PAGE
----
Johnson is in the Middle East this week for the Abu Dhabi HSBC Championship, and he told BBC Sport Wednesday that he wouldn't be in favor of making changes to the golf ball in order to remedy some of the eye-popping distances players are hitting the ball with ever-increasing frequency.
"It's not like we are dominating golf courses," Johnson said. "When was the last time you saw someone make the game too easy? I don't really understand what all the debate is about because it doesn't matter how far it goes; it is about getting it in the hole."
Johnson's rhetorical question might be answered simply by looking back at his performance at the Sentry Tournament of Champions earlier this month, an eight-shot romp that featured a tee shot on the 433-yard 12th hole that bounded down a slope to within inches of the hole.
Johnson appeared much more willing to consider a reduced-distance ball option at the Hero World Challenge in November, when he sat next to tournament host Tiger Woods and supported Woods' notion that the ball should be addressed.
"I don't mind seeing every other professional sport, they play with one ball. All the pros play with the same ball," Johnson said. "In baseball, the guys that are bigger and stronger, they can hit a baseball a lot further than the smaller guys. ... I think there should be some kind of an advantage for guys who work on hitting it far and getting that speed that's needed, so having a ball, like the same ball that everyone plays, there's going to be, you're going to have more of an advantage."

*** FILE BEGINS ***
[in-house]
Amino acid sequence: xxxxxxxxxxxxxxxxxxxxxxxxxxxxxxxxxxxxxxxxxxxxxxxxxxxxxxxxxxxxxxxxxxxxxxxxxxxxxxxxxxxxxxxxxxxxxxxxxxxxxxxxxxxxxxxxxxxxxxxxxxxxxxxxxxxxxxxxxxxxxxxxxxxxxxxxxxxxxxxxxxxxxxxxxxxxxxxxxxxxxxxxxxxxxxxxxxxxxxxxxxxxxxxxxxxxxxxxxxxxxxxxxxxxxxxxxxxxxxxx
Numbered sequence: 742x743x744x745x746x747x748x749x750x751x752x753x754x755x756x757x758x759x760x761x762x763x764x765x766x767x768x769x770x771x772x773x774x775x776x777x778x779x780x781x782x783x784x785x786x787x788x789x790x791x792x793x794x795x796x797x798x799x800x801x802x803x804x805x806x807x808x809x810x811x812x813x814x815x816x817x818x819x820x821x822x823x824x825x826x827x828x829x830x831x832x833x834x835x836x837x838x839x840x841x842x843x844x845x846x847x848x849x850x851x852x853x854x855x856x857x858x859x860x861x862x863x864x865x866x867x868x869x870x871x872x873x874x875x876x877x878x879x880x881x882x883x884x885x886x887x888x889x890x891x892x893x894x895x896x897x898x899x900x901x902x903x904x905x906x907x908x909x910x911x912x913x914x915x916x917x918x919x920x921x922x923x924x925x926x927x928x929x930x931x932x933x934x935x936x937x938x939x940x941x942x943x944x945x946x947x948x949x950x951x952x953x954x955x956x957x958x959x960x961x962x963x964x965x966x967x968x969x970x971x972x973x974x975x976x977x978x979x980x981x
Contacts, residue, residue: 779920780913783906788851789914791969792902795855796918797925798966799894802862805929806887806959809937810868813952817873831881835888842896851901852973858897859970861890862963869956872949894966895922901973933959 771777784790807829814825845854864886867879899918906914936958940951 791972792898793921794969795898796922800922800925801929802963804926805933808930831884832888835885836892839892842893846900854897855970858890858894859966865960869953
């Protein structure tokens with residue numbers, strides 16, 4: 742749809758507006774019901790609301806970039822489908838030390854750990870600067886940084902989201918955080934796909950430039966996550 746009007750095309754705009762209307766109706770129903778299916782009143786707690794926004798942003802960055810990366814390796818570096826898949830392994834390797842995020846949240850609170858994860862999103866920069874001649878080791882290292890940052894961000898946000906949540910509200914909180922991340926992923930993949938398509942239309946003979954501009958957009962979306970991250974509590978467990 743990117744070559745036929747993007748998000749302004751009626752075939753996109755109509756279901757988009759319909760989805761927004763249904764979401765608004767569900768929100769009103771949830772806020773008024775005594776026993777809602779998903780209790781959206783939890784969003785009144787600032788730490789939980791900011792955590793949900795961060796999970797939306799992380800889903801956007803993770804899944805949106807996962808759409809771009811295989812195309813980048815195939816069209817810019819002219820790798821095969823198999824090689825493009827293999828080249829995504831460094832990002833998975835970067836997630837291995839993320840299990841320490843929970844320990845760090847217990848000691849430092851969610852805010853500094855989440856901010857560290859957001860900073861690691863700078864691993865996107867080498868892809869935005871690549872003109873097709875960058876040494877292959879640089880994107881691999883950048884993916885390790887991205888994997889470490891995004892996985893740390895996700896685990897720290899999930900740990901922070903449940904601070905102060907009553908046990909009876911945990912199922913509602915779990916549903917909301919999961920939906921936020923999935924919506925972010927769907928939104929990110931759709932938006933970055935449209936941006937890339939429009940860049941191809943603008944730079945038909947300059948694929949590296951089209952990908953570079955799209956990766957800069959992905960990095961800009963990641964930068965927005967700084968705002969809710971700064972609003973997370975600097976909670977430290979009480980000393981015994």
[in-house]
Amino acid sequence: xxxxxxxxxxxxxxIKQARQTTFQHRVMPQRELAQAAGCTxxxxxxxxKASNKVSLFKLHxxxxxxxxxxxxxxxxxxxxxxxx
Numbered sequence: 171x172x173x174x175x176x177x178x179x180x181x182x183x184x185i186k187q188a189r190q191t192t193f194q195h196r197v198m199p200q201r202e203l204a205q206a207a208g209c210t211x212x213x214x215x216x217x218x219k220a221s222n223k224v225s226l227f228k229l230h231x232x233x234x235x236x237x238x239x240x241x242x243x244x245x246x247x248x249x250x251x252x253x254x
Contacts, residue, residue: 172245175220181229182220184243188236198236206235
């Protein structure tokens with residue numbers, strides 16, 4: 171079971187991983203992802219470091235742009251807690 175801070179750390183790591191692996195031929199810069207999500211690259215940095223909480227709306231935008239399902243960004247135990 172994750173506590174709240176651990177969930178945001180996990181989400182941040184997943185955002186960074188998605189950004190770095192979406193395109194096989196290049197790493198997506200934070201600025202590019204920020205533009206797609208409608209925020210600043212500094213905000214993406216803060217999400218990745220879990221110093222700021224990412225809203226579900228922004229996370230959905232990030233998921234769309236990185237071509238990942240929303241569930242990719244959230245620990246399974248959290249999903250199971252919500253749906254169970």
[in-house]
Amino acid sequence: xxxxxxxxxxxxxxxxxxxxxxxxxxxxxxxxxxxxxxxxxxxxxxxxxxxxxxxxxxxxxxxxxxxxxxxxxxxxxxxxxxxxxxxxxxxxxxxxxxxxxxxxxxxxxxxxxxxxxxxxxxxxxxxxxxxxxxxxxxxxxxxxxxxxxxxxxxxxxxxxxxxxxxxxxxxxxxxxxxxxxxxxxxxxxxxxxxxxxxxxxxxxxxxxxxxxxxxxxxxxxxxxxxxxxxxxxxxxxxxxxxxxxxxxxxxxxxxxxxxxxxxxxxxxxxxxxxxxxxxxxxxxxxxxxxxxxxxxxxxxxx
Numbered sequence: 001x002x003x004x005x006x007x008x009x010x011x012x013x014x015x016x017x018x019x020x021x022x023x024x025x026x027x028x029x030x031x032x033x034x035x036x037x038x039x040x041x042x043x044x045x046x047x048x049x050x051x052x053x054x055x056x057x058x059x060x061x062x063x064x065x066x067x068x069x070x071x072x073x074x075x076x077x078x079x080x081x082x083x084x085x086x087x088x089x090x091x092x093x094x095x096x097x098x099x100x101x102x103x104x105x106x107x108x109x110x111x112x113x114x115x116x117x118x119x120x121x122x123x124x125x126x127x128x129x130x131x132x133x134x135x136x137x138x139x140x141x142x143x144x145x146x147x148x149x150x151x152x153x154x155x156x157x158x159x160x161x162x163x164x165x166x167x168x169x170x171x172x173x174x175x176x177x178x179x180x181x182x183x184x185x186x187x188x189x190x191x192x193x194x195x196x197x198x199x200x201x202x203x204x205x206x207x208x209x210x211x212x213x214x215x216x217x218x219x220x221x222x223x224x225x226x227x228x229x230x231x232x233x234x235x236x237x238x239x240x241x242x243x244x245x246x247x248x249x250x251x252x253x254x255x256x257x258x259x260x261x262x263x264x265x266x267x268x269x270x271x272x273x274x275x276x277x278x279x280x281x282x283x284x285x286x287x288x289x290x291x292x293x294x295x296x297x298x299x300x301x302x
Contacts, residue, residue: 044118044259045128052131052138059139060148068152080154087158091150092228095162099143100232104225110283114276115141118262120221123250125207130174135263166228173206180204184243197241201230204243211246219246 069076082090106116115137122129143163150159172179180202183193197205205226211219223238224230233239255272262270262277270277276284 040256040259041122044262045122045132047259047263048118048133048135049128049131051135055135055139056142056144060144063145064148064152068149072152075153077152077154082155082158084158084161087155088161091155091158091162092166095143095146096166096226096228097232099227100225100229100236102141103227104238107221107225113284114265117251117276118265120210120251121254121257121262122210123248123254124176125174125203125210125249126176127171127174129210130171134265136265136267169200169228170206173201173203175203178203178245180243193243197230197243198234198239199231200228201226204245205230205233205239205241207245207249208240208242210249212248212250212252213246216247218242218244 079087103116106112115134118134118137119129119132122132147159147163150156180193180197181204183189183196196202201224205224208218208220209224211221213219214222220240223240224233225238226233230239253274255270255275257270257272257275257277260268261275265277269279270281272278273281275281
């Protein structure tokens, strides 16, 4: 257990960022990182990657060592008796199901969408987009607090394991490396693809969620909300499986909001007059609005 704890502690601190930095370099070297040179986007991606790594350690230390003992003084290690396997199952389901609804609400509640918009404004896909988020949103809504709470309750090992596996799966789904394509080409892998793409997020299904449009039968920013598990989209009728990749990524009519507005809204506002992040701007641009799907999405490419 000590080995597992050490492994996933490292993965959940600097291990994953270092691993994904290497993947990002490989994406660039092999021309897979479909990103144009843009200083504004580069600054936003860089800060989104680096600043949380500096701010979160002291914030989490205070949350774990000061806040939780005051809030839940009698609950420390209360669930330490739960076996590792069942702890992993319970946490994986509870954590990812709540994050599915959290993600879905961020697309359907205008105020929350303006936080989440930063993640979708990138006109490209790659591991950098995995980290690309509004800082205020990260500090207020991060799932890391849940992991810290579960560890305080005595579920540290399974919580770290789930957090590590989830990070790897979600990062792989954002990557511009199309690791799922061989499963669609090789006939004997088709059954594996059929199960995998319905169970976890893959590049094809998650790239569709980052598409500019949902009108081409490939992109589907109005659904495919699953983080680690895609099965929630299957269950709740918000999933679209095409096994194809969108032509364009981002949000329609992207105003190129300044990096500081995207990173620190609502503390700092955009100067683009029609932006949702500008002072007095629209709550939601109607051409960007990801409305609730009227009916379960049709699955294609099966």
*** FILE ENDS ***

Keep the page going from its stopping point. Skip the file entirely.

Speaking Wednesday in Abu Dhabi, Johnson stood by the notion that regardless of whether the rules change or stay the same, he plans to have a leg up on the competition.
"If the ball is limited then it is going to limit everyone," he said. "I'm still going to hit it that much further than I guess the average Tour player."
LPGA lists April date for new LA event
The LPGA’s return to Los Angeles will come with the new Hugel-JTBC Open being played at Wilshire Country Club April 19-22, the tour announced Wednesday.
When the LPGA originally released its schedule, it listed the Los Angeles event with the site to be announced at a later date.
The Hugel-JTBC Open will feature a 144-player field and a $1.5 million purse. It expands the tour’s West Coast swing, which will now be made up of four events in California in March and April.
The LPGA last played in Los Angeles in 2005. Wilshire Country Club hosted The Office Depot in 2001, with Annika Sorenstam winning there.